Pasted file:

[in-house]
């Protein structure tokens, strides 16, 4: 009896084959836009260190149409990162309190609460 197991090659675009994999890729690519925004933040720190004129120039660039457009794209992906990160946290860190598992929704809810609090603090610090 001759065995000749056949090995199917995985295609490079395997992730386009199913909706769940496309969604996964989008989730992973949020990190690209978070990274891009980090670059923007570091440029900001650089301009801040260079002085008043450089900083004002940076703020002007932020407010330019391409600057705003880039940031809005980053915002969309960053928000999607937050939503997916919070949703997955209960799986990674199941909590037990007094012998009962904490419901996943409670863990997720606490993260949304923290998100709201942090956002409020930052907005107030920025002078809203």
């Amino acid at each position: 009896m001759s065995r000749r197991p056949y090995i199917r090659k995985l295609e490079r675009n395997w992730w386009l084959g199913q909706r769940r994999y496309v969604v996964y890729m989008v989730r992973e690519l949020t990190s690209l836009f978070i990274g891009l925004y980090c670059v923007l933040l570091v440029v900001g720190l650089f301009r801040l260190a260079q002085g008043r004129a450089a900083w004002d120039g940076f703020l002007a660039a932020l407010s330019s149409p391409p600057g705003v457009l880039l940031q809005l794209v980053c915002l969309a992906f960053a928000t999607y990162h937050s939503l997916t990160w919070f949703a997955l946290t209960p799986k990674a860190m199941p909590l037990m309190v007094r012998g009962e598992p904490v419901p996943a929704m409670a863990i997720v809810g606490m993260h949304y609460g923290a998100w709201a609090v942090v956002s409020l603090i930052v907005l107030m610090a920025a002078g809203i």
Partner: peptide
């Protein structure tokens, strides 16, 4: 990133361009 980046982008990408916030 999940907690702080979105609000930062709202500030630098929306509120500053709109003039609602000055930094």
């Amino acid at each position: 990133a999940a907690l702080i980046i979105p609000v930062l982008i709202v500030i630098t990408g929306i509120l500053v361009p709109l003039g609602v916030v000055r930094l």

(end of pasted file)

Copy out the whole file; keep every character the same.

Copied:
[in-house]
């Protein structure tokens, strides 16, 4: 009896084959836009260190149409990162309190609460 197991090659675009994999890729690519925004933040720190004129120039660039457009794209992906990160946290860190598992929704809810609090603090610090 001759065995000749056949090995199917995985295609490079395997992730386009199913909706769940496309969604996964989008989730992973949020990190690209978070990274891009980090670059923007570091440029900001650089301009801040260079002085008043450089900083004002940076703020002007932020407010330019391409600057705003880039940031809005980053915002969309960053928000999607937050939503997916919070949703997955209960799986990674199941909590037990007094012998009962904490419901996943409670863990997720606490993260949304923290998100709201942090956002409020930052907005107030920025002078809203």
């Amino acid at each position: 009896m001759s065995r000749r197991p056949y090995i199917r090659k995985l295609e490079r675009n395997w992730w386009l084959g199913q909706r769940r994999y496309v969604v996964y890729m989008v989730r992973e690519l949020t990190s690209l836009f978070i990274g891009l925004y980090c670059v923007l933040l570091v440029v900001g720190l650089f301009r801040l260190a260079q002085g008043r004129a450089a900083w004002d120039g940076f703020l002007a660039a932020l407010s330019s149409p391409p600057g705003v457009l880039l940031q809005l794209v980053c915002l969309a992906f960053a928000t999607y990162h937050s939503l997916t990160w919070f949703a997955l946290t209960p799986k990674a860190m199941p909590l037990m309190v007094r012998g009962e598992p904490v419901p996943a929704m409670a863990i997720v809810g606490m993260h949304y609460g923290a998100w709201a609090v942090v956002s409020l603090i930052v907005l107030m610090a920025a002078g809203i």
Partner: peptide
């Protein structure tokens, strides 16, 4: 990133361009 980046982008990408916030 999940907690702080979105609000930062709202500030630098929306509120500053709109003039609602000055930094």
């Amino acid at each position: 990133a999940a907690l702080i980046i979105p609000v930062l982008i709202v500030i630098t990408g929306i509120l500053v361009p709109l003039g609602v916030v000055r930094l």